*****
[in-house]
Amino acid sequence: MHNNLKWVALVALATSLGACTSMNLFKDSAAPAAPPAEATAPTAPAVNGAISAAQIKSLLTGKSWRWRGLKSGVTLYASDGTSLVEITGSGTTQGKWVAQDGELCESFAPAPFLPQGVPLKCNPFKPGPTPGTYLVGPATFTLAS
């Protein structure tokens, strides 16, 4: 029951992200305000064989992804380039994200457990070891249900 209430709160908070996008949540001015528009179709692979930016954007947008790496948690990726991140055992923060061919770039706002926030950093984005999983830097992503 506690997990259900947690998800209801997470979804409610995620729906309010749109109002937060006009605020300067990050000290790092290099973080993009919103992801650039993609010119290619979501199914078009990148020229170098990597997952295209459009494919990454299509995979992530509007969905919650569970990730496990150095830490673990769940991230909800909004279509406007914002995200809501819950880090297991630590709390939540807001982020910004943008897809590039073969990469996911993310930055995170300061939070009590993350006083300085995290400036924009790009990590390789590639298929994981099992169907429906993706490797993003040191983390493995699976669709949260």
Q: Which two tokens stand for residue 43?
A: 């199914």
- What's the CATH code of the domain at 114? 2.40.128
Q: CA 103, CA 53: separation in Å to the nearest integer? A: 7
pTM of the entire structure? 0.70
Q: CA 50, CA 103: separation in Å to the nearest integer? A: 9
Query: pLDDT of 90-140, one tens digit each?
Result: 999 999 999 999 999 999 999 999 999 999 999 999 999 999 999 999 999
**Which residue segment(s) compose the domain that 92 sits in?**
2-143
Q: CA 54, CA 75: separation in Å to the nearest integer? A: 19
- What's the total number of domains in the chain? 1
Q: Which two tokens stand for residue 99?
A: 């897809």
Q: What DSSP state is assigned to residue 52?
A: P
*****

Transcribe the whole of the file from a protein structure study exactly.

[in-house]
Amino acid sequence: MHNNLKWVALVALATSLGACTSMNLFKDSAAPAAPPAEATAPTAPAVNGAISAAQIKSLLTGKSWRWRGLKSGVTLYASDGTSLVEITGSGTTQGKWVAQDGELCESFAPAPFLPQGVPLKCNPFKPGPTPGTYLVGPATFTLAS
């Protein structure tokens, strides 16, 4: 029951992200305000064989992804380039994200457990070891249900 209430709160908070996008949540001015528009179709692979930016954007947008790496948690990726991140055992923060061919770039706002926030950093984005999983830097992503 506690997990259900947690998800209801997470979804409610995620729906309010749109109002937060006009605020300067990050000290790092290099973080993009919103992801650039993609010119290619979501199914078009990148020229170098990597997952295209459009494919990454299509995979992530509007969905919650569970990730496990150095830490673990769940991230909800909004279509406007914002995200809501819950880090297991630590709390939540807001982020910004943008897809590039073969990469996911993310930055995170300061939070009590993350006083300085995290400036924009790009990590390789590639298929994981099992169907429906993706490797993003040191983390493995699976669709949260």
Q: Which two tokens stand for residue 43?
A: 């199914």
- What's the CATH code of the domain at 114? 2.40.128
Q: CA 103, CA 53: separation in Å to the nearest integer? A: 7
pTM of the entire structure? 0.70
Q: CA 50, CA 103: separation in Å to the nearest integer? A: 9
Query: pLDDT of 90-140, one tens digit each?
Result: 999 999 999 999 999 999 999 999 999 999 999 999 999 999 999 999 999
**Which residue segment(s) compose the domain that 92 sits in?**
2-143
Q: CA 54, CA 75: separation in Å to the nearest integer? A: 19
- What's the total number of domains in the chain? 1
Q: Which two tokens stand for residue 99?
A: 């897809």
Q: What DSSP state is assigned to residue 52?
A: P